STEVEN FRIEDMAN: Society that blames the victims for their plight
A SOCIETY that ignores its victims is in moral trouble. How much more trouble is it in if it blames them too?
Every so often, the story of some of our citizens sheds light on the condition of our society. Media reports about Kedibone Mmupele and her children may be one example. Mmupele, a pregnant mother of four in poverty-stricken Verdwaal, in North West province, lost her four children aged between two and nine to hunger last month.
Because there was no food in their home, she walked to a farm in the area in the hope of finding some. When she returned, her children were missing. "I ran around like a mad person, looking for them and shouting their names," she said afterwards. Only later did she discover that they had set off after her and had died on the way.
As Dickensian as Mmupele’s children’s end is, we all know that many of our fellow citizens live in poverty. This incident differs from many others that are familiar to us only in degree.
But a line in one of the reports turns Mmupele’s nightmare into an indictment of how our society treats people who live in deep poverty. We are told that charges of child neglect have been levelled against her and that the police in Lichtenburg are investigating the circumstances under which she left her children.
Instead of blaming our society for the death of her four children, we blame the bereaved mother. There are strong echoes here of Victorian Britain’s habit of blaming poverty on poor people. Those who lived in comfort insisted that the poor did not work hard enough, had too many children, drank too much — the explanations differed but the common thread was the refusal to acknowledge that the poor were victims of a social system, not architects of their own misery. So the Lichtenburg police’s thinking reflects the prejudices of nearly 200 years ago.
But the Lichtenburg police are not alone: their attitude is widespread among our political and economic decision makers. Within the government and opposition, among the racial majority as well as the minority, blaming the poor for their poverty is far more widespread than we care to admit. Thus, one reaction to Mmupele’s tragedy has been to blame her for having too many children (because, presumably, only middle-class people are allowed to decide how many children to have).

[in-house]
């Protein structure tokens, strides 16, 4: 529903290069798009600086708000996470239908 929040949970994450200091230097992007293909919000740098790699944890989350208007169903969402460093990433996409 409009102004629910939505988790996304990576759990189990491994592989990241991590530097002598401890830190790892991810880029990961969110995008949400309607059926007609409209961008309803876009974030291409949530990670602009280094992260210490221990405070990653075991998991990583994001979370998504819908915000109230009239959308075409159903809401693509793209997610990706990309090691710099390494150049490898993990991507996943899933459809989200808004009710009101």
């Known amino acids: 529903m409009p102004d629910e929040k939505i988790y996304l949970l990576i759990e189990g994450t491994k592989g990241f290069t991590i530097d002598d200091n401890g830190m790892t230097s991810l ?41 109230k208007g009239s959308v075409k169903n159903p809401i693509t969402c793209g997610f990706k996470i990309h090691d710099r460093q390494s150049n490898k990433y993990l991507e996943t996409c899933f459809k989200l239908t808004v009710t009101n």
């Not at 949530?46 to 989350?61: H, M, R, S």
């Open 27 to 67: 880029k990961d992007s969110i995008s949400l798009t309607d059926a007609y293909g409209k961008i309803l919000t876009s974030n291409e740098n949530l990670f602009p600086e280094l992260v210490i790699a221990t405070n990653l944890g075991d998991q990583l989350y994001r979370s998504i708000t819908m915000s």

We are, for example, repeatedly warned that using social security to help people cope with poverty will create "dependency" and encourage them to sponge off the state. Behind this is an assumption — that anyone who wants to get on in life need only work hard and show initiative. The poor, therefore, are not victims of circumstances beyond their control; they suffer because of their own irresponsibility.
This attitude is not exclusive to this country — all over the world, those who are comfortable tend to blame the poor for poverty. But here, and in many similar countries, it is more clearly the product of an illusion.
Our elites may differ with each other on many things. But one thing on which they agree is the myth that we can ensure that everyone who wants to work, can. Some tell us that all we need to do is free our markets and everyone will have work. Others insist that all we need is more intervention by the government if we want the same result.
Both are peddling a fantasy. Whatever side of the economic debate you happen to be on, there is no formula that can ensure, in the foreseeable future, that all of us who want to, will be able to work. And this means, bluntly, that there will continue to be, for a very long time, people in our midst such as Mmupele who are condemned to live in poverty.
It is not far-fetched to see the fantasy of full employment as yet another way in which elites across the spectrum wish away the poor. Whether the myth that elites choose to use is another lurid fiction about the poor misusing grants or the claim that one day soon we will all be able to work, the effect and possibly the intention is the same — to avert our eyes to our responsibility to Mmupele and the far too many people in our society who share her plight.
It should be clear that a society that values all its citizens would not be investigating Mmupele; it would be helping her.
All of us who participate in the public debate should insist that the police leave her alone.
But it should also be clear that many of our fellow citizens, through no fault of their own, will, for decades, need help if they are to survive and their children are not to meet the same fate as hers.
Until we stop blaming the poor for their poverty and address how we can do better at helping our society’s victims to cope with their condition, we will lack the moral foundation we need to become a society for all our people.
• Friedman is director of the Centre for the Study of Democracy.
Source: Business Day